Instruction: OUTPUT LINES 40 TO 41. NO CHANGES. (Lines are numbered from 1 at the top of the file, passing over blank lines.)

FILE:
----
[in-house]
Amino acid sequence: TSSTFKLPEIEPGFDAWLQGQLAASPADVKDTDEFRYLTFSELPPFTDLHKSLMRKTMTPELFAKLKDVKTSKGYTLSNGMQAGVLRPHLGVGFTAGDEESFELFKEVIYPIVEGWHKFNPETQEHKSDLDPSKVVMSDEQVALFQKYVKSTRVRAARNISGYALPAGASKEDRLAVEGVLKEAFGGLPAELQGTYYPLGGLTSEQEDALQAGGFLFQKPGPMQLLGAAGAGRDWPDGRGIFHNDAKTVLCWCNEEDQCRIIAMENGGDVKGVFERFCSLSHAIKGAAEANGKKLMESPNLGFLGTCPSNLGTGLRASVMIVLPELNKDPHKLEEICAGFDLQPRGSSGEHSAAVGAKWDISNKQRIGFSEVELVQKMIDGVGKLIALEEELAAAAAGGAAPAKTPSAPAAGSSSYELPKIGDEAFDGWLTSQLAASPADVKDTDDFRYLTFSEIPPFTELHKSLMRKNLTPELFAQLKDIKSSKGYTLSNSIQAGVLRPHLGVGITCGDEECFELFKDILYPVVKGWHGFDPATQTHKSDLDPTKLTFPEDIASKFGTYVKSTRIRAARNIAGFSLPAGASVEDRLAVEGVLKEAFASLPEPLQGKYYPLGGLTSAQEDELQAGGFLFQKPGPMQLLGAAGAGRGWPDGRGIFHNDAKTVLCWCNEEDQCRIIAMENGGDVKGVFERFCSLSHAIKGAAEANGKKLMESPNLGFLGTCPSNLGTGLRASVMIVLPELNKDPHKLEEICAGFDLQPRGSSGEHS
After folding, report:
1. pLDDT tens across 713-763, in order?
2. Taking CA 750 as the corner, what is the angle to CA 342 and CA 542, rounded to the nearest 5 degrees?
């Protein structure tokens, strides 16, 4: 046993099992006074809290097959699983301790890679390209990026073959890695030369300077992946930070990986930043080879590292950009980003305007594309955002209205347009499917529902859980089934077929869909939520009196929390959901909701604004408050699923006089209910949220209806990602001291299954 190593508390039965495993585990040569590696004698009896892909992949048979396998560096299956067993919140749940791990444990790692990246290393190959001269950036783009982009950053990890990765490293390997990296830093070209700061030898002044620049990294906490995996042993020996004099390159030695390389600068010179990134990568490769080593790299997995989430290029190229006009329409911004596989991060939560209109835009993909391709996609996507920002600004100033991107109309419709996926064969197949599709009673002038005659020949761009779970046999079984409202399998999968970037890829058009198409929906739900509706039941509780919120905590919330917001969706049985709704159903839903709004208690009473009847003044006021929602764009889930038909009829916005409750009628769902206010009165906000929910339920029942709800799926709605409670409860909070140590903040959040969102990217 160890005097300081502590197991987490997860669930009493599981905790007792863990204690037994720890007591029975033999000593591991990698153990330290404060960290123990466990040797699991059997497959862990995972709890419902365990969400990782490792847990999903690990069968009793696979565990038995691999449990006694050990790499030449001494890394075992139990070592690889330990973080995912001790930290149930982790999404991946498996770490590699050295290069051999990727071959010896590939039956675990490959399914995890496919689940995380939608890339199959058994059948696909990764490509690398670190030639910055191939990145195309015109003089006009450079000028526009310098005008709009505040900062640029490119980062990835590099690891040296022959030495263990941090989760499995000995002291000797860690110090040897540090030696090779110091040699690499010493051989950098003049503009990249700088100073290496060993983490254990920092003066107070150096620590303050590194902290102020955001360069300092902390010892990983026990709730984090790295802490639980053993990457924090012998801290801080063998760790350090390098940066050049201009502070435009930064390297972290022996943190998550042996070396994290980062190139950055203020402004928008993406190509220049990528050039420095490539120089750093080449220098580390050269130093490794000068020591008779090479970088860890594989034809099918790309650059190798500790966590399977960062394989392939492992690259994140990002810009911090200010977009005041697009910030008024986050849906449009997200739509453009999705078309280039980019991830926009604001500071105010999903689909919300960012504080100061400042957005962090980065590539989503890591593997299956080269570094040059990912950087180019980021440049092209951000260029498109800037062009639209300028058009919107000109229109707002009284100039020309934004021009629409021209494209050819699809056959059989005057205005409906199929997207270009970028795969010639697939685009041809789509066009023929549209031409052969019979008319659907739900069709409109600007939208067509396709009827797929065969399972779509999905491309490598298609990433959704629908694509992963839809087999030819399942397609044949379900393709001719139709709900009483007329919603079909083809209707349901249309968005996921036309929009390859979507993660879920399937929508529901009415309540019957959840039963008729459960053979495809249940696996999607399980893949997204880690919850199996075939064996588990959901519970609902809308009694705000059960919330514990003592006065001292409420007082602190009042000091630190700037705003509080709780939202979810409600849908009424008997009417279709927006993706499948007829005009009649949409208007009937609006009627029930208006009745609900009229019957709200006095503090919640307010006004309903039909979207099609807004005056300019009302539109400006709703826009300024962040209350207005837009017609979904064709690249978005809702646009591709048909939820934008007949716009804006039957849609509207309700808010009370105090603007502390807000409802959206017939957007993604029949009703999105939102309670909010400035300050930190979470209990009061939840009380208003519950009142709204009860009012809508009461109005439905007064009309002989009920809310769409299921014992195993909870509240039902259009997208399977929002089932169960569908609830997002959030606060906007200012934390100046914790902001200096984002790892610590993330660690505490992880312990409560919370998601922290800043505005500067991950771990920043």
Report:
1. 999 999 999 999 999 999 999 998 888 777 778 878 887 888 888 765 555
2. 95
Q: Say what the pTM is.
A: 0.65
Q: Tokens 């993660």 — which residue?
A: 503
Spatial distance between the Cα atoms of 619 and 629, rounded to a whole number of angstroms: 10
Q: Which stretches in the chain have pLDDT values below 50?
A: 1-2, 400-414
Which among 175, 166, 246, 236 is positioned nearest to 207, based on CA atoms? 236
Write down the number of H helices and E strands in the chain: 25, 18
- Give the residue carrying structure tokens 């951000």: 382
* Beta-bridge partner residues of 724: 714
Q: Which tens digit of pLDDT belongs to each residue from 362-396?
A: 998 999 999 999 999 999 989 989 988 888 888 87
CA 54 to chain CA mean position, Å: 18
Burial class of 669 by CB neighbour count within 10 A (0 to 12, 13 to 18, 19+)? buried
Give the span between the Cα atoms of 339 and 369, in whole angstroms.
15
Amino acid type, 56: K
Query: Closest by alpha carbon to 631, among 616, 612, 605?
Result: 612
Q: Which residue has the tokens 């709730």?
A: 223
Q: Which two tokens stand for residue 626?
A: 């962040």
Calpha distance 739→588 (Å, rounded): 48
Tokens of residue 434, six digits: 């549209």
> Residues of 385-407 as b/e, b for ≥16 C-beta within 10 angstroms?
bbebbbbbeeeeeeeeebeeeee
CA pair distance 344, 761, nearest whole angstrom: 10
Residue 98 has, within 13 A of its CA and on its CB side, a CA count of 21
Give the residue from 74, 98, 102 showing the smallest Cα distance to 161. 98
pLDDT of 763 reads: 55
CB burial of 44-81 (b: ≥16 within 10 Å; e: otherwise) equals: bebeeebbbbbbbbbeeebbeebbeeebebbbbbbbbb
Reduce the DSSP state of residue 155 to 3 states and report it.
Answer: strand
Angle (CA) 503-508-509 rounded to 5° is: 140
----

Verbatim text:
Give the residue from 74, 98, 102 showing the smallest Cα distance to 161. 98
pLDDT of 763 reads: 55